It will be recognized that these intricacies in the numbers are virtually just so many more private marks, - to the five already incorporated in the plates.
Please, therefore, in checking the notes as you receive them, reckon them consecutively in the 20’s and 50’s by counting from 10,001 upwards in the series “A” to “E” inclusive. In checking the series “F” to “J” inclusive of the two denominations indicated, be governed by the blue numbering. In the case of the $100. notes, the red numbering is uniform throughout, the extra two colors in blue and green meaning nothing at all, except two added printings for sake of security.
We trust the foregoing will be found clear, and comprehensive. We feel considerable pride in the appearance of these three last denominations, and believe that you will concur with us that they represent a currency production par excellence.
With best wishes to you and your associates, - particularly for your success in the field, we remain
Very respectfully,
[ ]
Sales Manager.

Chihuahua, julio 29 de 1915.
Britton and Ray, Lithographers
560 Sacramento, St.
San Francisco, cal.
Dear Sir:-
I have just seen three samples of the 20.00, $50.00 and $100.00 of the paper money prepared by that house for the State of Sinaloa. I have found that the work is satisfactory to us save the fact of the signatures of the “Tesorero General” and “Interventor” graved in faccimil instead of leasing the space in blanc as it is establish in our contract as well as for the $5.00 and $10.00 nominations.
If the whole job is absolutely same as the samples I regret to say that I am forbidden to take and put in circulation and consequently will have to ask that house to take that work back and prepare the issue as it ought to be without those signatures.
Expecting to hearing from you soon I beg to remain
Yours truly,

Hotel de Francia
Chihuahua, Chihuahua.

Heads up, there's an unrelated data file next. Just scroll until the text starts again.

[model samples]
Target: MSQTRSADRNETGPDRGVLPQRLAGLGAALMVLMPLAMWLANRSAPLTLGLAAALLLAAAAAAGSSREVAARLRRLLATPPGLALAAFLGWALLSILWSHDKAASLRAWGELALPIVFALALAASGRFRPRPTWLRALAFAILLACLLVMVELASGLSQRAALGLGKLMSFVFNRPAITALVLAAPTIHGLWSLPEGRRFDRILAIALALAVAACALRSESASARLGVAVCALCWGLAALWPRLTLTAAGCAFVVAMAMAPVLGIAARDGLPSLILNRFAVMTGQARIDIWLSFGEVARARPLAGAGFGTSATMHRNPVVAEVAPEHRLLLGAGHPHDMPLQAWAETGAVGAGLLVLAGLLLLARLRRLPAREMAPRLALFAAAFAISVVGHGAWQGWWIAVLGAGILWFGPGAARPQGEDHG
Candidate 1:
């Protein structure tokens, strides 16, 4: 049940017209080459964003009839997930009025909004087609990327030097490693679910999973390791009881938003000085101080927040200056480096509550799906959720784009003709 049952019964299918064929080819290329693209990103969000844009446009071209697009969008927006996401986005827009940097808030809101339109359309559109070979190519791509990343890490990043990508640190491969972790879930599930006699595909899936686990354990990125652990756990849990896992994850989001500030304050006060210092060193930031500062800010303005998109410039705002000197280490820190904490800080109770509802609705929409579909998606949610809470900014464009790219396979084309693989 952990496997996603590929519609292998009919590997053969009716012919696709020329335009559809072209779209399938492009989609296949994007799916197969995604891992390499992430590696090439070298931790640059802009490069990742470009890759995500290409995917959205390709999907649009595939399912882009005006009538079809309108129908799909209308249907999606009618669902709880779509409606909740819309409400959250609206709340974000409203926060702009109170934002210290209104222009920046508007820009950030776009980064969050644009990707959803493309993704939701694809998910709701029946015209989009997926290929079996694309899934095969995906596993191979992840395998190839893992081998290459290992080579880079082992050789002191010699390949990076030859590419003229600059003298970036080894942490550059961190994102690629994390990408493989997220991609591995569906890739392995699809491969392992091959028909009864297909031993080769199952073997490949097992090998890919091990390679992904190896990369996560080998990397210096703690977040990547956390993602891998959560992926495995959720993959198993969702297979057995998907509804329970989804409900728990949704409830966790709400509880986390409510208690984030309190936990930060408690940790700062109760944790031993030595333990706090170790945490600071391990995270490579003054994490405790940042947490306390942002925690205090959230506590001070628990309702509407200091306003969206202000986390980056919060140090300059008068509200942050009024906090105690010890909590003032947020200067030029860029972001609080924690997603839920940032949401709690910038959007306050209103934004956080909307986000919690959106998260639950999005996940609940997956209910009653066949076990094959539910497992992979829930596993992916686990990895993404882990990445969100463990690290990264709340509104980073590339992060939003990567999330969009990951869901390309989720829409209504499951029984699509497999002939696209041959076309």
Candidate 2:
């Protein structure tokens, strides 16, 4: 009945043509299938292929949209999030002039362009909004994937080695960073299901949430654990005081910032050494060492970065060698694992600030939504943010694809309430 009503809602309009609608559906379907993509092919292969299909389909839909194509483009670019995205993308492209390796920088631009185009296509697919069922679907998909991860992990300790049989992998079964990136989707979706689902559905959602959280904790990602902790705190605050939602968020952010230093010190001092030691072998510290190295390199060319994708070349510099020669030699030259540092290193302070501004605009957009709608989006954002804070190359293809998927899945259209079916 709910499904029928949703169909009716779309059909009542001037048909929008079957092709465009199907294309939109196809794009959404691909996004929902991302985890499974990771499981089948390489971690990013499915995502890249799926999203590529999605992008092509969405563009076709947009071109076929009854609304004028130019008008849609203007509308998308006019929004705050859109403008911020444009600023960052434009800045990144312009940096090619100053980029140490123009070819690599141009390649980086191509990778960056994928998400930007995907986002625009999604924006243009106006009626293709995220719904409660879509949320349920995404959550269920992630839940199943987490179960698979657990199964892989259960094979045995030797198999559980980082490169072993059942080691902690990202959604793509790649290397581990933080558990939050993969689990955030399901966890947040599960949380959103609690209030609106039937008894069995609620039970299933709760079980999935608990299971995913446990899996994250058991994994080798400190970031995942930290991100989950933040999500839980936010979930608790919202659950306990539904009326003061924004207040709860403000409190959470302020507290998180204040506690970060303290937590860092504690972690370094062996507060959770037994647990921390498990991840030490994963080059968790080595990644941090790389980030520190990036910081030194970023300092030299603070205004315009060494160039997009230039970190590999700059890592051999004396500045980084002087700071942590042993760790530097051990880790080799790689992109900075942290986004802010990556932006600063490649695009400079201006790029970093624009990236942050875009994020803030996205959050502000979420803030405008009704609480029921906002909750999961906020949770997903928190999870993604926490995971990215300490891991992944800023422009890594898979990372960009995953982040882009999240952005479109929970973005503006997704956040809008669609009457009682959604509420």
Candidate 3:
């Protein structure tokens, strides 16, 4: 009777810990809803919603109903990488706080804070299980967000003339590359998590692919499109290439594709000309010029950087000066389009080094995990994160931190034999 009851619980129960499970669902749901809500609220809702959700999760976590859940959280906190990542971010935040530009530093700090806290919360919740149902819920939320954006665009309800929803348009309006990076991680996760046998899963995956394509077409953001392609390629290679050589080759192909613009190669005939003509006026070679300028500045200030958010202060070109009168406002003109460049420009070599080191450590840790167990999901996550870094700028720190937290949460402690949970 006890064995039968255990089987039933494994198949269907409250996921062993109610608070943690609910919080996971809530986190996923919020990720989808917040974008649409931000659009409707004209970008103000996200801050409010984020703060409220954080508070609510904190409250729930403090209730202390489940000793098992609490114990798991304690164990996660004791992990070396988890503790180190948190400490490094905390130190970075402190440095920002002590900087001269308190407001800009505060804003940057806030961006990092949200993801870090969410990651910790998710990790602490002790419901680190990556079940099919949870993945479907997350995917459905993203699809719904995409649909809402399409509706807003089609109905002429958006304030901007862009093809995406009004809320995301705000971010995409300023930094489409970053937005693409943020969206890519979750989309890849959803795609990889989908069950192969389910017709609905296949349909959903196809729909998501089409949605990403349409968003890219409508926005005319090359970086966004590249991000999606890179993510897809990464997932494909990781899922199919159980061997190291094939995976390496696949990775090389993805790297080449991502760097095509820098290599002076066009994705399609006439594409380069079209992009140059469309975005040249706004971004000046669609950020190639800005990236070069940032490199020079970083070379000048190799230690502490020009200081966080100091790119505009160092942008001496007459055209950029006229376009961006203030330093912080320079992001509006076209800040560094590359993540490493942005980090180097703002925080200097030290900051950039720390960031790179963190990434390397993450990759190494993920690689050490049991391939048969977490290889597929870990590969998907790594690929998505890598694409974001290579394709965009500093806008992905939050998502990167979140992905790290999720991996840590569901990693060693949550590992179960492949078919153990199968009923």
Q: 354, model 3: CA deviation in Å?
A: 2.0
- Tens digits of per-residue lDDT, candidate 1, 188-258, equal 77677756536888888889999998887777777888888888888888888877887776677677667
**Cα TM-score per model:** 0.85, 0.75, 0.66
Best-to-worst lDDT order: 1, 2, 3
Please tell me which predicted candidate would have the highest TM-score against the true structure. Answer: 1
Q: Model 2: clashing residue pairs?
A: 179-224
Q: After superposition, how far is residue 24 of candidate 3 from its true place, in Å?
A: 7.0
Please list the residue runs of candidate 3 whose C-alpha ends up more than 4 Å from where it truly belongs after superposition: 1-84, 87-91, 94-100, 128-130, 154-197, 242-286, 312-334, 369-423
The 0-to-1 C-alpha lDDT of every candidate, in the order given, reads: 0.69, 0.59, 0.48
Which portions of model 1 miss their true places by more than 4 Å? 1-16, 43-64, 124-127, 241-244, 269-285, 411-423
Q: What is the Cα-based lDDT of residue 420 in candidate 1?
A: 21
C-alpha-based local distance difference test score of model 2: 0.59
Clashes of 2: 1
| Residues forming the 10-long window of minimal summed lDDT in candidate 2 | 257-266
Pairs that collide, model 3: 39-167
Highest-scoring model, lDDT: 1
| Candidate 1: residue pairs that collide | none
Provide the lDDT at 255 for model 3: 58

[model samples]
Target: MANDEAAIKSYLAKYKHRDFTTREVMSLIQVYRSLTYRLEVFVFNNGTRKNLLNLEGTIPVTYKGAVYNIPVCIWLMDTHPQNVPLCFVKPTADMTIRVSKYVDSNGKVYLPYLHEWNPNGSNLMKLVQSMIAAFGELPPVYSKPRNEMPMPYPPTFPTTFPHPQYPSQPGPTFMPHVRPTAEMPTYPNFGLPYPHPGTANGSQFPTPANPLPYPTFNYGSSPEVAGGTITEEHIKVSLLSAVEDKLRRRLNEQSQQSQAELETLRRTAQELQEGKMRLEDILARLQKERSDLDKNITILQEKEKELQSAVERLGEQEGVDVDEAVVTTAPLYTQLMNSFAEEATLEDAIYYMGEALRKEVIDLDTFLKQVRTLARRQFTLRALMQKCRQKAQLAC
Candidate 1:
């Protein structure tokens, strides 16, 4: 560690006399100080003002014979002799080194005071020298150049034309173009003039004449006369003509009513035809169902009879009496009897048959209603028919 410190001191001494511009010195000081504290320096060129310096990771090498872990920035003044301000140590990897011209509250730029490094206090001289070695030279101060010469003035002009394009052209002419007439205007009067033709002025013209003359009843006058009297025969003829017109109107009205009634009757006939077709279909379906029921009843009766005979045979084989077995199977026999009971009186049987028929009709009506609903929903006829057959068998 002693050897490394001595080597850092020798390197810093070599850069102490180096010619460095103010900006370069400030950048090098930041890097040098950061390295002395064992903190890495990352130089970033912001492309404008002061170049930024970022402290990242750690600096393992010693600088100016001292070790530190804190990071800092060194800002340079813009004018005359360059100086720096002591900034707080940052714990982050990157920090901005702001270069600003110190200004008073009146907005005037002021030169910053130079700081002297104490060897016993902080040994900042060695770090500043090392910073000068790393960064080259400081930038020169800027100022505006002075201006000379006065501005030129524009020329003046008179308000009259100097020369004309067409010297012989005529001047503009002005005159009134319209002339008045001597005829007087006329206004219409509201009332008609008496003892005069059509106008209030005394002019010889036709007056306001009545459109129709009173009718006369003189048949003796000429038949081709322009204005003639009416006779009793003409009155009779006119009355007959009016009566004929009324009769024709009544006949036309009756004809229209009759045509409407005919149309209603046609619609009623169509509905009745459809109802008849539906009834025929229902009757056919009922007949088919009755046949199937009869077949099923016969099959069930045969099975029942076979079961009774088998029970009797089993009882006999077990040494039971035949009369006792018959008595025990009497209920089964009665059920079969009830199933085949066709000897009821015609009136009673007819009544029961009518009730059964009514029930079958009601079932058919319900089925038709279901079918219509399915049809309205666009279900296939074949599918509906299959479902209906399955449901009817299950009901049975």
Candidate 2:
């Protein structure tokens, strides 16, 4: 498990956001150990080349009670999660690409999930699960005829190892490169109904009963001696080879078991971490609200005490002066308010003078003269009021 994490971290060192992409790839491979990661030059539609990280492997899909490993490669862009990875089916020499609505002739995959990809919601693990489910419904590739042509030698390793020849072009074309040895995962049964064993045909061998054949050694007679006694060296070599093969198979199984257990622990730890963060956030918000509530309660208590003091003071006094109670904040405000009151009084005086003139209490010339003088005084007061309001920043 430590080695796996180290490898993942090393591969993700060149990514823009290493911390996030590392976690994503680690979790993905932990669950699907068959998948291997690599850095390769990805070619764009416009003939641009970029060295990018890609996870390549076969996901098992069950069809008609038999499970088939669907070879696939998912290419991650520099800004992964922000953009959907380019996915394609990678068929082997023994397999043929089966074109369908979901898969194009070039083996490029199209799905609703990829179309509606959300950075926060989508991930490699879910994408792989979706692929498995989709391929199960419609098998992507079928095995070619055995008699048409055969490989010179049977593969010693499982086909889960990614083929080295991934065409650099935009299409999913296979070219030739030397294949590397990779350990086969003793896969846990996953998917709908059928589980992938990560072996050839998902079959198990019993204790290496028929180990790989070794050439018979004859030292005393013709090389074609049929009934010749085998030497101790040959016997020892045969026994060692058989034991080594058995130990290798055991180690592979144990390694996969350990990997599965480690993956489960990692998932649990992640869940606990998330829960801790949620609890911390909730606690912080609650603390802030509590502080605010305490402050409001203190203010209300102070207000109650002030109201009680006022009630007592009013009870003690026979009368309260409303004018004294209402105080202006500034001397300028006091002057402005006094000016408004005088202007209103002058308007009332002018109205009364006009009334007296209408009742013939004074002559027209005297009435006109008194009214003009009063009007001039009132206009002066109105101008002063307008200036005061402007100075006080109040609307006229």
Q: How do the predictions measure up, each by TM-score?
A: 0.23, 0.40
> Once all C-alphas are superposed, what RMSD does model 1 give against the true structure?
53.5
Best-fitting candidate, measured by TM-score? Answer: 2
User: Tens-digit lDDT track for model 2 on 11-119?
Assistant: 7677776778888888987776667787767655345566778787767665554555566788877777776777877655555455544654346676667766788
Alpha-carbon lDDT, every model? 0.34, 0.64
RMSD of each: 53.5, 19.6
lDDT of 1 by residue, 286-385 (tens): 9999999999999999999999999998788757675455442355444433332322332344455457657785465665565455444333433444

HA 6

HA 8

SAN FRANCISCO August 2, 1915
Hon. F. Riveros,
Hotel de Francia,
Chihuahua, Mexico.
Dear Mr. Riveros:
Your valued favor 29th ultimo received. We are surprised and sorry to learn of your disappointment: surprised because we had no recollection that you desired to have the autographs of the Tesorero and Interventor left off, and sorry because of your disappointment.
We immediately summoned Doctor Urrea and went over the copies of the contract with him. Nowhere in these copies is there any instruction to leave off the autographs. The Doctor and ourselves strove to recall, if possible, anything that may have been said in our discussions to this effect, but he – as well as we – could remember nothing. In fact, he stated that his recollection of the whole transaction coincided with ours, to-wit:
That when the contract was placed, you wanted the fives and tens hurriedly, and inasmuch as you had not settled upon the names of the two gentlemen who were to fill the offices of Tesorero and Interventor, we were to proceed by leaving those spaces blank, simply reproducing the signatures of yourself and Mr. Herredia. This, you will remember was done.
Subsequently we received the copies for the autographs of the gentlemen who became the Tesorero and Interventor respectively, and reproduced them on the next installment, which, comprised the $1., 50c and 25c denominations.
Then, inasmuch as we had received no instructions to leave the two signatures in question blank on the three last and highest denominations, we put them on – same as on the $1., 50c and 25c pieces.
Doctor Urrea remarked that if he had understood differently, he would have questioned these two signatures when he O.K.’d the proofs.
We are confident that you will see from the foregoing that we are in nowise at fault in the matter, especially when you consult your copies of the contract under dates of January 30th and February 1st respectively.
The question now is, however, to suggest some expedient whereby you can overcome the undesirable condition and use the notes. Would it not be advisable to have a neat rubber stamp prepared, reading for the counter-signatures of the Tesorero and Interventor, and which would be imprinted on the reverse side of the notes, and then their validating signatures subsequently be written in by hand? Such procedure would even add to the present security of the notes, as the more writing or printing generally there is on such documents, the more secure they become.
Please consider this carefully and see if this suggestion does not appeal to you as acceptable. If it does not, we would be glad to advance some supplementary suggestions.
We express once more our sincere regret because of your disappointment, and taking the occasion to convey our warmest personal regards, and repeating our felicitations for your success in the field, we remain
Very respectfully,
[ ]
Sales Manager.